And the best part?
Despite subjecting applicants to a hard credit check, the company doesn’t rely only on credit scores to make lending decisions. Rather, it factors in the borrower’s income and expenses to determine their ability to repay their student loan debt.
Related: Yrefy Review
Negotiate a settlement
While there are no guarantees, Discover and other major student loan lenders such as Sallie Mae and Navient are known to be receptive to settling private student loan debt that’s been charged off. Though they may not have been open to such a proposition before the loans defaulted, they’re often amenable to the idea afterward because it’s simply good business sense.
In essence, they’re given an opportunity to recover some of their losses rather than risk receiving nothing if the statute of limitations ends before they can haul you or your cosigner into court.
To secure a settlement, you must likely come up with a lump sum payment or be able to make payments on a reduced settlement amount over a few months.
The extent to which you can reduce your debt burden through a settlement hinges on a few key factors, including your loan amount, financial situation, and the skill level your negotiator possesses.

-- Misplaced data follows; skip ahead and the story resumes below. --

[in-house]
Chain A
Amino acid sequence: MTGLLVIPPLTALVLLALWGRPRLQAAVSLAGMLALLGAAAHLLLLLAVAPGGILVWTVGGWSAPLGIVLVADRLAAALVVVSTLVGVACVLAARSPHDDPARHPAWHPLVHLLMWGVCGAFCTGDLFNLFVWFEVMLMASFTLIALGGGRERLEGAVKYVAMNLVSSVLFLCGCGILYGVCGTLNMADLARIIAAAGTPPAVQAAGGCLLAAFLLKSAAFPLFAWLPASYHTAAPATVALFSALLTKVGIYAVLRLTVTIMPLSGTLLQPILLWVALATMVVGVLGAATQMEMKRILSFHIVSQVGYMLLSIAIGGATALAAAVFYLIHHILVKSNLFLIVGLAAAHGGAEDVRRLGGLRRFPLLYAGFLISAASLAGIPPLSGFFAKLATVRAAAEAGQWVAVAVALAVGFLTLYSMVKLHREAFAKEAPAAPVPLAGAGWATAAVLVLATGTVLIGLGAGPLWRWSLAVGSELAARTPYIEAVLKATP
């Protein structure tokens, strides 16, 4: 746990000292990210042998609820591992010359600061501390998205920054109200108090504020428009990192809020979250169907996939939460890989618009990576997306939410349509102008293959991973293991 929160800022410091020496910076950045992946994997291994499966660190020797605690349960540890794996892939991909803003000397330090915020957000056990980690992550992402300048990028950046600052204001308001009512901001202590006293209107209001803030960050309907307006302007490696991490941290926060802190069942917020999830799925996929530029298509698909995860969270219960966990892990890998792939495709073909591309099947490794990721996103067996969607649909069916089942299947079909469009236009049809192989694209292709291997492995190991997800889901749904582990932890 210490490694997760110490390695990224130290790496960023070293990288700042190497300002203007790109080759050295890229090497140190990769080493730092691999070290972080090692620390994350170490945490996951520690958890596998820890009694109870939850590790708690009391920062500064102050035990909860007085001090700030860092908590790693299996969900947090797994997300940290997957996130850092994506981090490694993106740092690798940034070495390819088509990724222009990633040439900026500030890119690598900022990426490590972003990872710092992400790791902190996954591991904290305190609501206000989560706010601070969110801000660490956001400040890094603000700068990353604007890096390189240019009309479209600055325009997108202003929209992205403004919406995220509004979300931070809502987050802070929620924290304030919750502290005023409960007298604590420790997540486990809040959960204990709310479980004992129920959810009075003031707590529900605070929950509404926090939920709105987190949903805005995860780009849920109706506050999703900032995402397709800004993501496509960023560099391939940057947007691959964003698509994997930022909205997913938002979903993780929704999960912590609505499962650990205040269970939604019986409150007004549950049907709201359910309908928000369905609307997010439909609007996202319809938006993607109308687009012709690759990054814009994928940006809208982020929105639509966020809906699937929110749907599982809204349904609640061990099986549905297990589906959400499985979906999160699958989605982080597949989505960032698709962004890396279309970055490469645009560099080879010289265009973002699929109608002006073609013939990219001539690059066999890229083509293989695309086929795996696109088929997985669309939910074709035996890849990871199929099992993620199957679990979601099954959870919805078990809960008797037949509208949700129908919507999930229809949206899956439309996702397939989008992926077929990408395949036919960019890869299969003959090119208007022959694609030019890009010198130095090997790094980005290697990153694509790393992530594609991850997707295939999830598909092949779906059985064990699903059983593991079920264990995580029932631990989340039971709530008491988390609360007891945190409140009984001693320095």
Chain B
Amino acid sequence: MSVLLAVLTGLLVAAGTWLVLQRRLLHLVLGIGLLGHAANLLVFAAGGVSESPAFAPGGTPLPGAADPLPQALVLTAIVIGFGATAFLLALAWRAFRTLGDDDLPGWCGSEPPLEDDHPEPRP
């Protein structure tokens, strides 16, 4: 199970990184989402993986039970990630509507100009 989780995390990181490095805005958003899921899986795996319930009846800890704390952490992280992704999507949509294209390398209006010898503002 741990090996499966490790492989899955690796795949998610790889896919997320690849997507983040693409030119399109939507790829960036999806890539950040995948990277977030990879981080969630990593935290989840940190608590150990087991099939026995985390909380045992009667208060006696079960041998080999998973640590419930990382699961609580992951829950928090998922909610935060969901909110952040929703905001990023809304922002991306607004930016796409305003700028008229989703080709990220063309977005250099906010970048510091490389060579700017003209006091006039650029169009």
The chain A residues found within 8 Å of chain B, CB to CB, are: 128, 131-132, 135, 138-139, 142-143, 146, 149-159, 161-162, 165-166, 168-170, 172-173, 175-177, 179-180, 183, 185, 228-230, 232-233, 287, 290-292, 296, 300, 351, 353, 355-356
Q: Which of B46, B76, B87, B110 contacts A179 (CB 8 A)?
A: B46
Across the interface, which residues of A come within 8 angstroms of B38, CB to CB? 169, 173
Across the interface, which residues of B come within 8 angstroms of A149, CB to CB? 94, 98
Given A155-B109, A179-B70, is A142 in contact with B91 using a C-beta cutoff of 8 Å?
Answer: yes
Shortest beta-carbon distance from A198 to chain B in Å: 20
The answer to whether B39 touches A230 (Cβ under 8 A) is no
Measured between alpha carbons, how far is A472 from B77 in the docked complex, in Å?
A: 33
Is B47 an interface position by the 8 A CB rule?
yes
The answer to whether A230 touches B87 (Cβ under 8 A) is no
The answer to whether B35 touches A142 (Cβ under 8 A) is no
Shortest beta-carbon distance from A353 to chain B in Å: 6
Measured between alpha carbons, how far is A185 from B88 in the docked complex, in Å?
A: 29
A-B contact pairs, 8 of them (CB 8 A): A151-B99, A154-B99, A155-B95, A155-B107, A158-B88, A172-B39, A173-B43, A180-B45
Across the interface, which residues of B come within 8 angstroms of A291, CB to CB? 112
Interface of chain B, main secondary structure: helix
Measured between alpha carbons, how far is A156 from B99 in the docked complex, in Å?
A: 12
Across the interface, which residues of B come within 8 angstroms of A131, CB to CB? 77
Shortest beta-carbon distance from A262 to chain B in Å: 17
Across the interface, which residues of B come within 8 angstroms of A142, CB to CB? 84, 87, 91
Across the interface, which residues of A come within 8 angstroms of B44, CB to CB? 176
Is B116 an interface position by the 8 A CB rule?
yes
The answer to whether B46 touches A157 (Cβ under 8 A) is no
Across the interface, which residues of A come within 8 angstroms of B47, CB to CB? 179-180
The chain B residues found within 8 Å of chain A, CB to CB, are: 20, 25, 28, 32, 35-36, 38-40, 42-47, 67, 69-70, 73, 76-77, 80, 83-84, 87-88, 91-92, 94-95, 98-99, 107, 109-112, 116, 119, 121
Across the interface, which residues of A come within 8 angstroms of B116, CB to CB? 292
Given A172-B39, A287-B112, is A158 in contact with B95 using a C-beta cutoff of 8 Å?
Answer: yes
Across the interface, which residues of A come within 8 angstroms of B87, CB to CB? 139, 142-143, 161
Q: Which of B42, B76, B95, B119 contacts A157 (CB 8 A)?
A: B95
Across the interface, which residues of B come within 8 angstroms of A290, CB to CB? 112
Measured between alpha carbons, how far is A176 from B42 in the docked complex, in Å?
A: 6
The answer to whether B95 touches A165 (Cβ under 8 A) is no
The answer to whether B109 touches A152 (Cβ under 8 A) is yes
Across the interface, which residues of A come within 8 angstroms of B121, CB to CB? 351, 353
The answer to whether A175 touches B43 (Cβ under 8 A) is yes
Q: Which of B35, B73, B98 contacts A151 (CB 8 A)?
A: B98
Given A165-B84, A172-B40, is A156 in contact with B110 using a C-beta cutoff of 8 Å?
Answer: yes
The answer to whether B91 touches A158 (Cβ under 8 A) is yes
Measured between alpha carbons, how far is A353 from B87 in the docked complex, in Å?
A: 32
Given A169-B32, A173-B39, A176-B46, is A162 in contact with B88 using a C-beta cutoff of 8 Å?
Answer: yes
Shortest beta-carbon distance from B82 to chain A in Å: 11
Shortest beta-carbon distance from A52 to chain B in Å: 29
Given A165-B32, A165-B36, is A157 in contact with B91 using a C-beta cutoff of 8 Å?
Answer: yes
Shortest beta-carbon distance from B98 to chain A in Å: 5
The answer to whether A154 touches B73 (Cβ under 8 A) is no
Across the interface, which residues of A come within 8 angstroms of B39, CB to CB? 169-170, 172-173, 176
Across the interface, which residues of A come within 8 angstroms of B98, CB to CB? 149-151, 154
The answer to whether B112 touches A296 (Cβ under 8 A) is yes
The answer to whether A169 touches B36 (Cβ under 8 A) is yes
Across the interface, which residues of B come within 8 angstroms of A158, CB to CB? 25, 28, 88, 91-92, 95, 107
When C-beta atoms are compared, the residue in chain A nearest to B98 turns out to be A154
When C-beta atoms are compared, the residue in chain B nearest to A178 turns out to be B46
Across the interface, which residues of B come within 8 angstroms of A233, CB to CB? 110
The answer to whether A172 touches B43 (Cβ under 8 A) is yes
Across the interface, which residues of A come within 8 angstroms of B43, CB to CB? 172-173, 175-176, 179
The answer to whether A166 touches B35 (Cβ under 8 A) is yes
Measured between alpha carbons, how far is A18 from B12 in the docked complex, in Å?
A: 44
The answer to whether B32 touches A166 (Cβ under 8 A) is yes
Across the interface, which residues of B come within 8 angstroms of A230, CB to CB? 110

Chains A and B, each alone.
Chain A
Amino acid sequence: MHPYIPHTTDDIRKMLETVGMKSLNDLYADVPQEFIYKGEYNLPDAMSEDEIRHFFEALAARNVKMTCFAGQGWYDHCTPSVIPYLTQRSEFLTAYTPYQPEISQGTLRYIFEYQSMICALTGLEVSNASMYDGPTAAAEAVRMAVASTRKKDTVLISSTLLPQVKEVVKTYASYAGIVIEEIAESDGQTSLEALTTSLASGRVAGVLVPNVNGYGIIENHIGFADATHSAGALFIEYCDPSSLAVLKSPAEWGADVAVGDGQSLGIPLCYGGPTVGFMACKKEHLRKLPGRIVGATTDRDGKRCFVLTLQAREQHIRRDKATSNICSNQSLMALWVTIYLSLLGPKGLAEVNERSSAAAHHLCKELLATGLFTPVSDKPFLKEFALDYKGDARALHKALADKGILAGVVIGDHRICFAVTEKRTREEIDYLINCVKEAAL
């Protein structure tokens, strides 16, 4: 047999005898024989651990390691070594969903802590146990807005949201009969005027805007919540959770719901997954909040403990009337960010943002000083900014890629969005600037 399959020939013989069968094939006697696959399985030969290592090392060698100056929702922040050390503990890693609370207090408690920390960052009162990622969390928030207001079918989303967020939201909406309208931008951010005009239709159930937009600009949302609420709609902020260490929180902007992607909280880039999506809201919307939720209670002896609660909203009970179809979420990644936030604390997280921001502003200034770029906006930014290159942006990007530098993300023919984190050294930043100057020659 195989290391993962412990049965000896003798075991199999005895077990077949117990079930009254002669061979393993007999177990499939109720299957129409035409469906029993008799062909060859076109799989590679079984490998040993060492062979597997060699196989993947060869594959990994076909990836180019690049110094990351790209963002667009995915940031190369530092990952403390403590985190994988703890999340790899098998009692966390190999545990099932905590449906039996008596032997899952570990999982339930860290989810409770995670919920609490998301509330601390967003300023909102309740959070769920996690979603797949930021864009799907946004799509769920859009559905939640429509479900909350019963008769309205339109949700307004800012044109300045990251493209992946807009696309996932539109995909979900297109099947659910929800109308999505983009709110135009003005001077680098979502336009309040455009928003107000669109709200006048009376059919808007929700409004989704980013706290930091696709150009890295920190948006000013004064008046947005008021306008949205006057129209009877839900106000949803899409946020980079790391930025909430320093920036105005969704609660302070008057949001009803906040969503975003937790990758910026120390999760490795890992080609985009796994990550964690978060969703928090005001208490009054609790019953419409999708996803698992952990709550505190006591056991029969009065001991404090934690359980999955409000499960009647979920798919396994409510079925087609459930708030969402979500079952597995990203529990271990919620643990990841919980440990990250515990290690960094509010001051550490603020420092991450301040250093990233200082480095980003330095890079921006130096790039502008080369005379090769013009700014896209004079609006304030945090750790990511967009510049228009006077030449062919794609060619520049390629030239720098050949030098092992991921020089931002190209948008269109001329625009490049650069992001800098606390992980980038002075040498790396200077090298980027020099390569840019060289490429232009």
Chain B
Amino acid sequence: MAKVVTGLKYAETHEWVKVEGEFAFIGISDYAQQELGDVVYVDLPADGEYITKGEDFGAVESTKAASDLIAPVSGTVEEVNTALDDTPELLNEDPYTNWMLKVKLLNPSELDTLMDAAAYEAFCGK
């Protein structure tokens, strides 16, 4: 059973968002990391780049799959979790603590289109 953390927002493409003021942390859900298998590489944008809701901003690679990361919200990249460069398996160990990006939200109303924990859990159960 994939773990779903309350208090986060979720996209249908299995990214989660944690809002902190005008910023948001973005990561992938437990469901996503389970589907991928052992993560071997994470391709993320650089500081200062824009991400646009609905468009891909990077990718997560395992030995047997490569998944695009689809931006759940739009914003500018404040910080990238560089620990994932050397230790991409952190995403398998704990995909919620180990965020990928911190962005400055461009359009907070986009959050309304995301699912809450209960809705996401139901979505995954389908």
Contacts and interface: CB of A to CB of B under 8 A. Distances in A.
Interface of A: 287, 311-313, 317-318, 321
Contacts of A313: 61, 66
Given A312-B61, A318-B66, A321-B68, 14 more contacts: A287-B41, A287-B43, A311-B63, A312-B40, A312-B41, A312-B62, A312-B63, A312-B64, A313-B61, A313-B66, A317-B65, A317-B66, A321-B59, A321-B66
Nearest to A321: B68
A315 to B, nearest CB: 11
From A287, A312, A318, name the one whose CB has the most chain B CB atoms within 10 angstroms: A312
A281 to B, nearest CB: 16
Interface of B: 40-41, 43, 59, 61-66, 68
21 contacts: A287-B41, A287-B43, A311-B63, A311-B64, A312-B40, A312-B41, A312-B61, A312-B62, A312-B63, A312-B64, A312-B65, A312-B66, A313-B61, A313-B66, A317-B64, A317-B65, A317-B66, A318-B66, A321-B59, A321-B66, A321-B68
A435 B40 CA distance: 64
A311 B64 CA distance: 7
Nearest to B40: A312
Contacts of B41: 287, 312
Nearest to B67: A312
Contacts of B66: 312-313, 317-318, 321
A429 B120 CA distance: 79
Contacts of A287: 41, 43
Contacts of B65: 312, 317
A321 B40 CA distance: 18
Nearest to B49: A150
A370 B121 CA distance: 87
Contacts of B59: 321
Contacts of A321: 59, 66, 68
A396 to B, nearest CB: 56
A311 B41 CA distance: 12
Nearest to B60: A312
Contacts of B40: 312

It stands to reason that you might want to consider enlisting the services of a seasoned student loan attorney with a wealth of experience working with Discover and its often dogged debt collectors.
Related: Can You Negotiate a Student Loan Payoff?
File student loan bankruptcy
With private student loans, the prospect of filing for bankruptcy may not immediately occur to you as an ideal solution. You might even think to yourself right now, “But wait. Student loans can’t be discharged in bankruptcy!” You can. For those weighed down by an overwhelming burden of debt, it can be a lifesaver.
Related: How to File Bankruptcy on Student Loans
Unlike student loan refinance, which may not always be a viable option, bankruptcy can resolve your private loans from Discover and let you reclaim the ability to live a full life, complete with buying a home, starting a family, or pursuing other long-held aspirations.
As a student loan lawyer who has helped many clients navigate this treacherous terrain, I can attest to the efficacy of bankruptcy in securing realistic and affordable settlement agreements. Take, for example, a single mother in Texas who was able to settle a $112 thousand private student loan debt for a mere $40 thousand over a decade, interest-free. This arrangement enabled her to drastically reduce her monthly payments from an exorbitant sum greater than her mortgage to a more manageable $300 per month.
Another client, a teacher in Missouri, was able to settle a whopping $430 thousand in private student loan debt for just $86 thousand over 20 years, with a modest 1% interest rate. The impact on her financial well-being was truly transformative, and these types of outcomes are far from rare.